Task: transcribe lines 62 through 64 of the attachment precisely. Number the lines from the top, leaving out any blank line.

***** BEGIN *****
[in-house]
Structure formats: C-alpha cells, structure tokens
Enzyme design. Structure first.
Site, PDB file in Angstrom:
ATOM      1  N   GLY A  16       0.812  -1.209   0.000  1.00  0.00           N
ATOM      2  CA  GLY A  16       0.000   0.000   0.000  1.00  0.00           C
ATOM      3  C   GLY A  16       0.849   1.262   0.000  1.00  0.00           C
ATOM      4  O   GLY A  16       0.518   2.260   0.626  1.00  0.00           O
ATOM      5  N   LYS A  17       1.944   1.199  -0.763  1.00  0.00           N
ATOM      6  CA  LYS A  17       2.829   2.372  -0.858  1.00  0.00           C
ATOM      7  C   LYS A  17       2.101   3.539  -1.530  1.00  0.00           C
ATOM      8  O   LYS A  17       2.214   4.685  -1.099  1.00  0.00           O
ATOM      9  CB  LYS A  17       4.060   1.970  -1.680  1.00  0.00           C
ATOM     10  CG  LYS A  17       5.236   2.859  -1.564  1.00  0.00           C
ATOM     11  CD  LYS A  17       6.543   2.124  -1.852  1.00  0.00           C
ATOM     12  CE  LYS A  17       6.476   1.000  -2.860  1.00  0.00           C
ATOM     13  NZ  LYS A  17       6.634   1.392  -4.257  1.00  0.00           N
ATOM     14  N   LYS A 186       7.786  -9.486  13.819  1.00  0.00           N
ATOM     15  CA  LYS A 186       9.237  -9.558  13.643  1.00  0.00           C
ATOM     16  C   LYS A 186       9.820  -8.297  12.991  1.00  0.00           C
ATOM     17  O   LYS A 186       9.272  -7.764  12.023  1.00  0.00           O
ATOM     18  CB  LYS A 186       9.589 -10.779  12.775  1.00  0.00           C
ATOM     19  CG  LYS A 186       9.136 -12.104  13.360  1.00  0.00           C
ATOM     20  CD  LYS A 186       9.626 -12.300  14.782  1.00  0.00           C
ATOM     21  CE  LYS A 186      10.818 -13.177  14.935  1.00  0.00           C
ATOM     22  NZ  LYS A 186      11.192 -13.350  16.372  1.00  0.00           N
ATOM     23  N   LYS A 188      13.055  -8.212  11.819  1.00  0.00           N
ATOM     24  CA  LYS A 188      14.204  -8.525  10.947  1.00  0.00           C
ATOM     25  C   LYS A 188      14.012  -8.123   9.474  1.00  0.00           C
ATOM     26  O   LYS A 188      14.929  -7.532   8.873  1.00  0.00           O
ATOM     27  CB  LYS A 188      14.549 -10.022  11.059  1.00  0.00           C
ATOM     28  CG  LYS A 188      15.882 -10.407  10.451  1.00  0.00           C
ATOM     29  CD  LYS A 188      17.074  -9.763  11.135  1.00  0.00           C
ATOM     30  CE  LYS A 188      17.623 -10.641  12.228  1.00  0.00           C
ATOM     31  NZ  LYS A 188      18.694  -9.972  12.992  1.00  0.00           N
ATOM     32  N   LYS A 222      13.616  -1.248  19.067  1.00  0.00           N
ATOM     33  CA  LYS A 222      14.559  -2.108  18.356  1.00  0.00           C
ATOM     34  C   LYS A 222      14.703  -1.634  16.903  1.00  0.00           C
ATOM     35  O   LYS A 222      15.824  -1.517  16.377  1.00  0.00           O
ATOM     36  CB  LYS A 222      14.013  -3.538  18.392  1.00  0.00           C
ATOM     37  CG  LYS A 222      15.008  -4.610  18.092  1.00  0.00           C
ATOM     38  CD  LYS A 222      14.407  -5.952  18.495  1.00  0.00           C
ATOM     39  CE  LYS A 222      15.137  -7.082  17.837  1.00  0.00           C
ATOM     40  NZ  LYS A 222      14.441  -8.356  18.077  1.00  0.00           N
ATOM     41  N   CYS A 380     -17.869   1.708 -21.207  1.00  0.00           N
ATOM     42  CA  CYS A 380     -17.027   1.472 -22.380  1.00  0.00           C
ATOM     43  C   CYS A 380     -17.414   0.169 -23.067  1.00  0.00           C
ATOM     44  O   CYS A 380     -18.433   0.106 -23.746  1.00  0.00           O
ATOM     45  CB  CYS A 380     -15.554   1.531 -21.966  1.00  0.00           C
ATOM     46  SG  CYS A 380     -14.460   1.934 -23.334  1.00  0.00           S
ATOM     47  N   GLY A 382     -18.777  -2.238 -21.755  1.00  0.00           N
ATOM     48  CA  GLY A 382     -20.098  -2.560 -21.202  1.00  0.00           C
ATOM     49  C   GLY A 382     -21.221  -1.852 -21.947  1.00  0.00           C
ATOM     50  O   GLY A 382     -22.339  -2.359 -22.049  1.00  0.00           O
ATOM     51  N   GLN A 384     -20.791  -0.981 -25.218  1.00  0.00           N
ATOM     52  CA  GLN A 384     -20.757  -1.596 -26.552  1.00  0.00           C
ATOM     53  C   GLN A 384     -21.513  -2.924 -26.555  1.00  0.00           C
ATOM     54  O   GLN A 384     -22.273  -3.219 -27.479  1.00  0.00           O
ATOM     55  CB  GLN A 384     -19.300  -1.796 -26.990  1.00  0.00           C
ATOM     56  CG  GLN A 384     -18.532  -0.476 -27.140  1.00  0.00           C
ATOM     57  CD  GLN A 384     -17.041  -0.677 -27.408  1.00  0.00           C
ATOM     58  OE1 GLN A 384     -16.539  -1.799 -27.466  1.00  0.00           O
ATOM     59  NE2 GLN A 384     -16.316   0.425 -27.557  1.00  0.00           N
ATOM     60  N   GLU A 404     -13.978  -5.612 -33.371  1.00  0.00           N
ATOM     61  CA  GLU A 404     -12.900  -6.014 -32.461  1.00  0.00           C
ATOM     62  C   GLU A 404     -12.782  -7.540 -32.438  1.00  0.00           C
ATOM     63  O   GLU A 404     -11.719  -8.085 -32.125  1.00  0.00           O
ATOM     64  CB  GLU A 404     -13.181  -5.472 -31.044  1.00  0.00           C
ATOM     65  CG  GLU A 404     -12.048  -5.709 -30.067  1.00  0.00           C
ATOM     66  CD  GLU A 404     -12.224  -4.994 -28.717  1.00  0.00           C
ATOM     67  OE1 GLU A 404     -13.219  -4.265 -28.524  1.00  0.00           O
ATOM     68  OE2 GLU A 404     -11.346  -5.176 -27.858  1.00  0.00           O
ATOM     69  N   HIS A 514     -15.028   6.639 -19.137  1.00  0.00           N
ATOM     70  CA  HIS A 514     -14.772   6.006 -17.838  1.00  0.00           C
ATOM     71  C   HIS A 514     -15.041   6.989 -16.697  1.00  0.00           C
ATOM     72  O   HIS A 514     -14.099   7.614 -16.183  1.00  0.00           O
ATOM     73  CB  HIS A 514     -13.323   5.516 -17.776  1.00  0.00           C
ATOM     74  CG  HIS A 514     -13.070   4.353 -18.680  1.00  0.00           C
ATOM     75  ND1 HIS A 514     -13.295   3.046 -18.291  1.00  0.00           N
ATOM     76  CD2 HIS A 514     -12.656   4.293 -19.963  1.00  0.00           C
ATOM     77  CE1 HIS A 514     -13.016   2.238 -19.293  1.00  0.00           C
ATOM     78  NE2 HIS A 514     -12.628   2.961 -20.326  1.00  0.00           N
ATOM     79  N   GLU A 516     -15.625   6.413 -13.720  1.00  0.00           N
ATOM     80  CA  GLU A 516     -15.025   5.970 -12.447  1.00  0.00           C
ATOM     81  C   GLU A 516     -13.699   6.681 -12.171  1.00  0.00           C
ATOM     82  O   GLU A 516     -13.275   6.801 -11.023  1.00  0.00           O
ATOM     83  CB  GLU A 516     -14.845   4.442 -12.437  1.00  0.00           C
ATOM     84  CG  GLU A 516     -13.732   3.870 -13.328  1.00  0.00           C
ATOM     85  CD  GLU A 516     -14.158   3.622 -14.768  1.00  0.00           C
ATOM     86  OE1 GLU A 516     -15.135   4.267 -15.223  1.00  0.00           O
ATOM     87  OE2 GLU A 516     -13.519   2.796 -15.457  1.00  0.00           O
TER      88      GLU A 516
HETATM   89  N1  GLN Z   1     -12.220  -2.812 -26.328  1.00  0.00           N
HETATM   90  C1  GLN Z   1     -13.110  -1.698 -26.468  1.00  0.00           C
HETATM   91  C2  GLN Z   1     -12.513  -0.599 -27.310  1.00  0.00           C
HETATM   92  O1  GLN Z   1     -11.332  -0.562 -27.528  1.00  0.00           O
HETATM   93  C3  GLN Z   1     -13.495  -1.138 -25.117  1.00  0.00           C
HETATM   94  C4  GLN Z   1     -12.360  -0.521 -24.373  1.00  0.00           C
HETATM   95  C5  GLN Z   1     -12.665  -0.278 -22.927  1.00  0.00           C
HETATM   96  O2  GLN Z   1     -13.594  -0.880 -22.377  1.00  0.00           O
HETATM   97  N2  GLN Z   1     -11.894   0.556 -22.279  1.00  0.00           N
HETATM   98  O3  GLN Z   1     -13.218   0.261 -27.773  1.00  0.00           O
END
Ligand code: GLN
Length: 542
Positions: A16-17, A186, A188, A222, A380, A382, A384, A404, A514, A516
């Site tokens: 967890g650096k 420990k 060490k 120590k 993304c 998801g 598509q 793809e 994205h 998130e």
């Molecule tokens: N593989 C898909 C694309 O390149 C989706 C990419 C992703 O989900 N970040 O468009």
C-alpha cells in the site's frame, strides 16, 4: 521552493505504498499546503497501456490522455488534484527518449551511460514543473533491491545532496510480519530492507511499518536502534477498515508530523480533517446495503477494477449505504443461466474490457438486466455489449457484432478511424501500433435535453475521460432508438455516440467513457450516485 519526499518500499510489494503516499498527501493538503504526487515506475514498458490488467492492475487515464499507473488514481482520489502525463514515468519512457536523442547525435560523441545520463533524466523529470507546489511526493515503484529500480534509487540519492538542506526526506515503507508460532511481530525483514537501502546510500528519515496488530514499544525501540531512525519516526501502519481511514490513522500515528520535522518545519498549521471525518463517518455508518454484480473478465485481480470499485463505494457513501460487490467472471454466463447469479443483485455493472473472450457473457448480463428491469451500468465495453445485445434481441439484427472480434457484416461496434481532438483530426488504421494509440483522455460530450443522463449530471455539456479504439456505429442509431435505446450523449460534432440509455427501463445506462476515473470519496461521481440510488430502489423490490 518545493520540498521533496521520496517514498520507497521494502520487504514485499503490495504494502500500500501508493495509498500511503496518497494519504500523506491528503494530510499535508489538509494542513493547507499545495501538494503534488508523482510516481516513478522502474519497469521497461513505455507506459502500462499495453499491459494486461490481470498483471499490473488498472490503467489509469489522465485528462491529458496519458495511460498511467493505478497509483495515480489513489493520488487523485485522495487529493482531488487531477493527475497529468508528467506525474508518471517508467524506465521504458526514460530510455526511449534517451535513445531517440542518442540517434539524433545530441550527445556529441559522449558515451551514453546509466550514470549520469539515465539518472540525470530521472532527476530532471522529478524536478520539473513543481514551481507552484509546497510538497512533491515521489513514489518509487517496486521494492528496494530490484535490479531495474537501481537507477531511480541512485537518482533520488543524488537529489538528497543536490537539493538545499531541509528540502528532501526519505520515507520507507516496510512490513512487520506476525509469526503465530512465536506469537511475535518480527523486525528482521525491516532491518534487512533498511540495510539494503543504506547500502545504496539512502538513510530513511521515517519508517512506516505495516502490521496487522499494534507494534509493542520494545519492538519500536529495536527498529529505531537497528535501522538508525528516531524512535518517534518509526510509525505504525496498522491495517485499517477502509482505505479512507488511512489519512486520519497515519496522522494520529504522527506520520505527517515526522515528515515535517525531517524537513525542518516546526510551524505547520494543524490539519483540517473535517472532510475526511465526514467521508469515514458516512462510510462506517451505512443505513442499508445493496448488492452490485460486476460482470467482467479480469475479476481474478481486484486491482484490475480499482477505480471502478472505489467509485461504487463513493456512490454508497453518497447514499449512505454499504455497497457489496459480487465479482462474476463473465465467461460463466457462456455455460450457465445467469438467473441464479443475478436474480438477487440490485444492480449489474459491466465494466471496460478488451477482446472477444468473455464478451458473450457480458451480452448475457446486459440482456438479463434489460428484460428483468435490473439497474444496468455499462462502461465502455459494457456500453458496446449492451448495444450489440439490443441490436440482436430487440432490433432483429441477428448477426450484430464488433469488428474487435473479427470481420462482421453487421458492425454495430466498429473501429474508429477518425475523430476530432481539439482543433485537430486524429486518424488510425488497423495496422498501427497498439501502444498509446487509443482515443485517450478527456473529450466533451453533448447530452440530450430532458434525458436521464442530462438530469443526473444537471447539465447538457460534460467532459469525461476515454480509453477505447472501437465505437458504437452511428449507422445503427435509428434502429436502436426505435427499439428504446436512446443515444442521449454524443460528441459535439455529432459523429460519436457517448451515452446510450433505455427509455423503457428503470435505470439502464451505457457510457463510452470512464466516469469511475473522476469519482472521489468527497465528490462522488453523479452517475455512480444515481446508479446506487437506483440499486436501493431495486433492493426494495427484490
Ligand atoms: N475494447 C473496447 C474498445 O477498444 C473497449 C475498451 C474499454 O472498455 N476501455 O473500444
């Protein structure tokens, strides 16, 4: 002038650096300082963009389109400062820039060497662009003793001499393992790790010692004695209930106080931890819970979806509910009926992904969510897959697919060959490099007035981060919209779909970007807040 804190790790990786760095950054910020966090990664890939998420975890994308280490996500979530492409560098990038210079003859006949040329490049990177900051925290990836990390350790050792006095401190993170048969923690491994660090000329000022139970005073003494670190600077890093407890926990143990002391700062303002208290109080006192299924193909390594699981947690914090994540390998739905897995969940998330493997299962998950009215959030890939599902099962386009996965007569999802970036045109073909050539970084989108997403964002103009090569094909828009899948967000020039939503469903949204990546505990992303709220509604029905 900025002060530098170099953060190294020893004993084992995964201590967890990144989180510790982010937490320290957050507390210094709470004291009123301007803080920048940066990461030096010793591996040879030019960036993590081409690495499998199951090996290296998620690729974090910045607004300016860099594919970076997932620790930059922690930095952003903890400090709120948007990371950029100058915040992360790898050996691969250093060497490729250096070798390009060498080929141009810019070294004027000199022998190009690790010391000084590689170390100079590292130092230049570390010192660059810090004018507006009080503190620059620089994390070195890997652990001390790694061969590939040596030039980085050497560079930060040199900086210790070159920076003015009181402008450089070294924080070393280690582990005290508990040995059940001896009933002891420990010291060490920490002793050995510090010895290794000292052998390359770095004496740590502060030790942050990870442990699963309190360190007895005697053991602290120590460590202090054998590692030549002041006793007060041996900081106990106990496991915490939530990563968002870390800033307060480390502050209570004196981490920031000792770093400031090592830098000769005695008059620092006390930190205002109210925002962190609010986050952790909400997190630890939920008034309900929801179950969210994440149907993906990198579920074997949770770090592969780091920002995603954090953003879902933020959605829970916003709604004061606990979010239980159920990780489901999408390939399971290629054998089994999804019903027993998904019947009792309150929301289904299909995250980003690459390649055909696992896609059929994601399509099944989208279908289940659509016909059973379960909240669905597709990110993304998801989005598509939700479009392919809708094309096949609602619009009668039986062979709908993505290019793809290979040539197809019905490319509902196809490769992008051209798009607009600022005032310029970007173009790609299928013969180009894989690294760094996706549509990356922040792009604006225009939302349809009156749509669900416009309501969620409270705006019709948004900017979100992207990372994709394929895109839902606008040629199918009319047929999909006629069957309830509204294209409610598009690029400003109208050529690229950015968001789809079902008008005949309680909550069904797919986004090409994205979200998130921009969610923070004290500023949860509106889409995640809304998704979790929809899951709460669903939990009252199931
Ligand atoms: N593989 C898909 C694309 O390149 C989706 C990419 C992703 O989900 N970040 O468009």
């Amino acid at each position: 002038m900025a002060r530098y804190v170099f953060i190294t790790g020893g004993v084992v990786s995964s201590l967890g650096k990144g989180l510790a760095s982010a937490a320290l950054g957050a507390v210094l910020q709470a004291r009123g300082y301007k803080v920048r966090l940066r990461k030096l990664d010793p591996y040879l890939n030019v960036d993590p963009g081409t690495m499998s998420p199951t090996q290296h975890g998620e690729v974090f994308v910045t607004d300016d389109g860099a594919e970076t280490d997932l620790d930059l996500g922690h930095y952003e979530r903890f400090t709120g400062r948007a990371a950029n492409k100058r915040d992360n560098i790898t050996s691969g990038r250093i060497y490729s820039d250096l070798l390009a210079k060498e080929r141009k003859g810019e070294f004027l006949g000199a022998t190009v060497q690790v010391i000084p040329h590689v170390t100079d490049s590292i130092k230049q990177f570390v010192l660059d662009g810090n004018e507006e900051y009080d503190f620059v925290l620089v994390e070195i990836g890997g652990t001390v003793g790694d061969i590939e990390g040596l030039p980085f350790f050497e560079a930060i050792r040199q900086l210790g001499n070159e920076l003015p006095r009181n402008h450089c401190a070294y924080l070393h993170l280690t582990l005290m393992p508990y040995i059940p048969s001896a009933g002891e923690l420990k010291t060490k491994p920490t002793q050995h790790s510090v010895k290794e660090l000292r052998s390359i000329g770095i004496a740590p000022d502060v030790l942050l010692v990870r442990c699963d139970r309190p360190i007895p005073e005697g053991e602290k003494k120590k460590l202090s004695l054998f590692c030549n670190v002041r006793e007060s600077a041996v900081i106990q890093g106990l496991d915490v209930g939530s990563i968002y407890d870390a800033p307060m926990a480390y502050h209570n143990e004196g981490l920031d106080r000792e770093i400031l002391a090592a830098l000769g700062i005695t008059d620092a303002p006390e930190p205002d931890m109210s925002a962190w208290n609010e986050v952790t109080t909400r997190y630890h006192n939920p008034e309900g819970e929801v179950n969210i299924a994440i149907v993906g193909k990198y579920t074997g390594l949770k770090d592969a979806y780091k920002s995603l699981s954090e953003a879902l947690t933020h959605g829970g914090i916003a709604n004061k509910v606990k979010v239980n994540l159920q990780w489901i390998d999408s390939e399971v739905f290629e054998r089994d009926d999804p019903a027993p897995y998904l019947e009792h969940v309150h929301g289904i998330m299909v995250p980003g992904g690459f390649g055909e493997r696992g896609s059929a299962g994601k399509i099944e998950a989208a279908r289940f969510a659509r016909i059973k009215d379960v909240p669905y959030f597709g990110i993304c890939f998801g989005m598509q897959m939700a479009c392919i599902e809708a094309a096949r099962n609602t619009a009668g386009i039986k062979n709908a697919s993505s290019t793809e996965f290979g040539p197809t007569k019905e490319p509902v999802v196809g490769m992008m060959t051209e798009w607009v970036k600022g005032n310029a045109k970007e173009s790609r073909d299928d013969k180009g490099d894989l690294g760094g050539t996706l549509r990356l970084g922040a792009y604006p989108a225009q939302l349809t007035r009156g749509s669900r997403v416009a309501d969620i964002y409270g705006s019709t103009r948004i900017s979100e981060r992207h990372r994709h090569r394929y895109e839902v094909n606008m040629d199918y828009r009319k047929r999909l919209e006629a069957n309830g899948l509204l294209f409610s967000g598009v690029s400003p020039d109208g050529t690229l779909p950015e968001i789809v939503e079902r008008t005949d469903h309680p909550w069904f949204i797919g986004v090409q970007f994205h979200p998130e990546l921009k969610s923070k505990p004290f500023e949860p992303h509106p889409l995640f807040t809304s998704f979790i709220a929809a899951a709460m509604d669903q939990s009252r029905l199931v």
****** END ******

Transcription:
ATOM     58  OE1 GLN A 384     -16.539  -1.799 -27.466  1.00  0.00           O
ATOM     59  NE2 GLN A 384     -16.316   0.425 -27.557  1.00  0.00           N
ATOM     60  N   GLU A 404     -13.978  -5.612 -33.371  1.00  0.00           N